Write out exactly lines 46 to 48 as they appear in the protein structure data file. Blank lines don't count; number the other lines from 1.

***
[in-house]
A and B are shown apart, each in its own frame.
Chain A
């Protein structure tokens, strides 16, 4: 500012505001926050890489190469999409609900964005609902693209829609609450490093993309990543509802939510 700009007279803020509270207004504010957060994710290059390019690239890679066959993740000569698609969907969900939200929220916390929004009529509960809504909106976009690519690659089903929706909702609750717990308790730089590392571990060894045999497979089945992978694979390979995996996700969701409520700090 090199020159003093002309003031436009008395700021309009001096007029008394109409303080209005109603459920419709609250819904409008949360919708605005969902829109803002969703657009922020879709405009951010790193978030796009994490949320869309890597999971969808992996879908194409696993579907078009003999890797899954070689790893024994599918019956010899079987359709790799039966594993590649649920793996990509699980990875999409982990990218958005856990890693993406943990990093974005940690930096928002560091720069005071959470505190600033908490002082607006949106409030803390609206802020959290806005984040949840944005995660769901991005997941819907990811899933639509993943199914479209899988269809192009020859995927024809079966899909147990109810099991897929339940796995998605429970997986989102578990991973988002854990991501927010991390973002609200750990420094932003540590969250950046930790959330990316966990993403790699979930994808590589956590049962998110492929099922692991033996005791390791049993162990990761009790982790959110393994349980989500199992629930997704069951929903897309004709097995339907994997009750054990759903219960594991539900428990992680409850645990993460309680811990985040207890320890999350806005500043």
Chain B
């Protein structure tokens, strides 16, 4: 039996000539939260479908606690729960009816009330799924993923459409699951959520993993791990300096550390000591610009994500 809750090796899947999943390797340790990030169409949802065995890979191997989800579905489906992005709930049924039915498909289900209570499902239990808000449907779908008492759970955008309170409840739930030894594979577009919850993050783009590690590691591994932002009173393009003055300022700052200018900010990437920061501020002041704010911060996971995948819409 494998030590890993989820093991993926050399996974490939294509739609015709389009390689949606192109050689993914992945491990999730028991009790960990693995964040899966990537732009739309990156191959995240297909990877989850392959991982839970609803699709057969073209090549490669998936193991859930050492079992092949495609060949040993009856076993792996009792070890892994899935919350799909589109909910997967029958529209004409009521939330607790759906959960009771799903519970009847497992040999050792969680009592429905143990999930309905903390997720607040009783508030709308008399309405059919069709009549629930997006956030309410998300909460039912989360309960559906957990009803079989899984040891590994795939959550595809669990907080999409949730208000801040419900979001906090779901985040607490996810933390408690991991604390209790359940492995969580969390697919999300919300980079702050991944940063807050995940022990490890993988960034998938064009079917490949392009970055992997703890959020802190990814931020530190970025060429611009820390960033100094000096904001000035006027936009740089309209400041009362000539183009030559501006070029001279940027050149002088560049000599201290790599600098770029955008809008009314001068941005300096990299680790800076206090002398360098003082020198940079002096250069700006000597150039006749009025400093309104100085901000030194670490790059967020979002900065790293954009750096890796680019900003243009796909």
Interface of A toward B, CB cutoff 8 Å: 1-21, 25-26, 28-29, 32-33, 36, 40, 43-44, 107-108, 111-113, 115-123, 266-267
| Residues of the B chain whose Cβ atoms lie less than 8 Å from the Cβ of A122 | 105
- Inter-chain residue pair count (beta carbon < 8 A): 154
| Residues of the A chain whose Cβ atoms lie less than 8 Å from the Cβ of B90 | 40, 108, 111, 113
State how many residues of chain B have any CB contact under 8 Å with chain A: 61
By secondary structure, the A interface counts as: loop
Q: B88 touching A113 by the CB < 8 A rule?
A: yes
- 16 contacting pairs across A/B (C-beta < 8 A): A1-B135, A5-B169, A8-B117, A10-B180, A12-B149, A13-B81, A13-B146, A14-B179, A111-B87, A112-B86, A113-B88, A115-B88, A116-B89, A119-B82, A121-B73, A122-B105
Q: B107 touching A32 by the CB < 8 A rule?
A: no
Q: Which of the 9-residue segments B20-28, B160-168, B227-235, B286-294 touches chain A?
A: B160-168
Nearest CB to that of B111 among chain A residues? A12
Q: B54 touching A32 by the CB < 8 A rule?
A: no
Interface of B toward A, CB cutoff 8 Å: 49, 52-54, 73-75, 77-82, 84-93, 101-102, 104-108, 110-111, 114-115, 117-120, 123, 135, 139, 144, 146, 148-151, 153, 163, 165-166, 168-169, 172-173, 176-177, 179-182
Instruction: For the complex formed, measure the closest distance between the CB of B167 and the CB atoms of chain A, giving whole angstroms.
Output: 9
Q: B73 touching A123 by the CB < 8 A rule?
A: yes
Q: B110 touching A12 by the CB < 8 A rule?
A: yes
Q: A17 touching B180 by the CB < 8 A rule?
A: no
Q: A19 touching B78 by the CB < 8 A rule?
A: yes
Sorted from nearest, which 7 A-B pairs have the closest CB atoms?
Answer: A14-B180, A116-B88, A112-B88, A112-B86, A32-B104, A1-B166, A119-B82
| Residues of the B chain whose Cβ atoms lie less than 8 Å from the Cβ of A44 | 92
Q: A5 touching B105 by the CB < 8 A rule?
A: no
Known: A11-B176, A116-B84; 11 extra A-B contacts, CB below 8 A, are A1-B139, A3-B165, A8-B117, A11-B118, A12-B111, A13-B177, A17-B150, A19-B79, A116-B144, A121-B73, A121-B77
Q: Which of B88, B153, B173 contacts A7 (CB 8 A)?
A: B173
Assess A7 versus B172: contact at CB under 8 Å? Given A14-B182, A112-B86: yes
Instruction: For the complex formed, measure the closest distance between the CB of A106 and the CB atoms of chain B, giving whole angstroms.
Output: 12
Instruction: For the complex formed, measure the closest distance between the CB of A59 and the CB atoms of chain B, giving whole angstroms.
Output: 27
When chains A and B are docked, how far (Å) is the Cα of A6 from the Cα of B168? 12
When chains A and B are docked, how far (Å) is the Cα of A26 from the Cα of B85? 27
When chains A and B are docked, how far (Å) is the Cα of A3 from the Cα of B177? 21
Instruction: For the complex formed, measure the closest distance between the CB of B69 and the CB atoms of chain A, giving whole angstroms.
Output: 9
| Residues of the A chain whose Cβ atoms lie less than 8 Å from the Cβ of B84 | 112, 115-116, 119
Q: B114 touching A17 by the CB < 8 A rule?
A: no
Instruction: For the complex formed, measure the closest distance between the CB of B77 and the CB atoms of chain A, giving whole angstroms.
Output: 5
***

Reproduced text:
Output: 27
When chains A and B are docked, how far (Å) is the Cα of A6 from the Cα of B168? 12
When chains A and B are docked, how far (Å) is the Cα of A26 from the Cα of B85? 27